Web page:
We rely on advertising to keep the lights on.

Please consider adding us to your whitelist.



Advanced search

When to prune climbing rose?

(12 Posts)
HeyMacWey Mon 08-Feb-16 13:35:00

I have a climbing rose - I think it is called Claire Austin.

The first year I didn't prune as there wasn't much growth. The second year there was lots of growth and lovely blooms.
As it's been so warm it's still flowering.
When should I try and prune?

I've never grown roses before so don't really know what I'm doing. I've been tying in the side shoots to train it and dead heading but other than that I don't know what to do.

Do I cut back the flowering shoots that come out of the side shoots?

Quoteunquote Mon 08-Feb-16 14:16:33




I have a rule , when someone or something causes me stress or anger in life, those times when someone is a nasty fuckwit, I go to the David Austin website and buy myself a rose, this means that the person who has caused me pointless stress, has really done me massive favour.

There is nothing lovelier than sitting in a rose scented garden.

www.davidaustinroses.co.uk/claire-austin-climbing-rose is this the one?

HeyMacWey Mon 08-Feb-16 17:20:41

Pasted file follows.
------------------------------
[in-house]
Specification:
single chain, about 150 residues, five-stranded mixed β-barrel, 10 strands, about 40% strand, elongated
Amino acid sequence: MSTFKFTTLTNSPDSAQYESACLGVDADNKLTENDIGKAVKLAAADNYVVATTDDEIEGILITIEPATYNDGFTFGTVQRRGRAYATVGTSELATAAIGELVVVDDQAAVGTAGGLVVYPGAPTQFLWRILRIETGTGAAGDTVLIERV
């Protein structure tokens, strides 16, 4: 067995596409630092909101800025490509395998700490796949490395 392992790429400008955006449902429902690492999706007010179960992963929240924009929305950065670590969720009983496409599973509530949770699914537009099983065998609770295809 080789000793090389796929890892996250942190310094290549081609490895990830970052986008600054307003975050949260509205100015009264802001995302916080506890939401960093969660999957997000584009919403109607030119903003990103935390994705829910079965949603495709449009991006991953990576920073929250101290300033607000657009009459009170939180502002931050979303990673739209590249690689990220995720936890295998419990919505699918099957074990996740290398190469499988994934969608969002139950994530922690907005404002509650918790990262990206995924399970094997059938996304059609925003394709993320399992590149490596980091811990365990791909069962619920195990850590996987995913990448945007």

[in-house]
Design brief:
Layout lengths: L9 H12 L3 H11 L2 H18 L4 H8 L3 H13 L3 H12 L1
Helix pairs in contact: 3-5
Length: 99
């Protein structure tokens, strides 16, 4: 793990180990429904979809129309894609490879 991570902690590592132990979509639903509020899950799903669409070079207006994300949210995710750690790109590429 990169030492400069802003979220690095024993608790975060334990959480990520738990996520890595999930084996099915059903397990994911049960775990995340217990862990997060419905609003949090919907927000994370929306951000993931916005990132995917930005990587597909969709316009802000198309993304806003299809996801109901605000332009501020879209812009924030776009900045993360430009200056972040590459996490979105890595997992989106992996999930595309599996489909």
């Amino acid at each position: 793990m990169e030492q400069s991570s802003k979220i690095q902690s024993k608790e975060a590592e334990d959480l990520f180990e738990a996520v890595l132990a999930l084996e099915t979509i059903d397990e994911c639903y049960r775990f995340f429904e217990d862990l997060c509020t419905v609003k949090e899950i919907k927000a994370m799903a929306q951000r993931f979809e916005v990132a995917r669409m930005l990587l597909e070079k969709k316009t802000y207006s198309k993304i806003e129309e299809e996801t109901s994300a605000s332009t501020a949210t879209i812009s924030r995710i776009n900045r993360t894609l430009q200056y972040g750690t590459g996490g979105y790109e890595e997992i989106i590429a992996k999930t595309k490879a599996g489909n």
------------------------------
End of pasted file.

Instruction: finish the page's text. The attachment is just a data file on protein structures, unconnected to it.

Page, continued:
Thanks - that first link has answered my side shoot questions.

As it's still so mild and none of the leaves have dropped particularly should I just go ahead now and prune anyway?

bilbodog Mon 08-Feb-16 17:59:30

I am putting off pruning mine fir a few weeks more just in case we get a very cold spell. That way, if any of the fresh shoots get caught by frost you can cut them off when pruning.

FlossieTurner Mon 08-Feb-16 22:12:10

The reason they are not pruned this early is because pruning promotes fresh young growth. Late February is notorious for sudden overnight frosts and high winds. These will damage the emerging baby shoots.

I feel that the books make the pruning of roses sound much more complicated than it should be.

My guide is, the newer the Rose, the less pruning you should do. That is light pruning overall, and take out anything that is damaged or totally growing in the wrong direction. Do this early to mid March.

More established Rose's can be pruned much harder in November and then again in March if necessary.

Climbing roses can be shaped into a fan or allowed to do their own thing. If they are a feature growing against a wall, then the fan shape is good because you get flowers across whole rose.

If they are part off a border, with shrubs in front of them, it doesn't it matter if the flowers are nearer the top. Roses are totally forgiving of bad pruning, but if in doubt do less not more.

I love Claire Austin, it is no my birthday list.

didireallysaythat Mon 08-Feb-16 22:25:53

Can I ask a question ? I have inherited a red rose, big red head, single blossom, incredible fragrance. It grows from a single stem - I cut it down, took cuttings two years ago which are now planted out, and they too just grow up as a single stem. They get to 4-8 feet and then do a few flowers.

What type of rose might this be ? And can it be convinced to do something other than shoot up and flower over my head ? I haven't managed to get side shoots yet ...

FlossieTurner Tue 09-Feb-16 08:36:52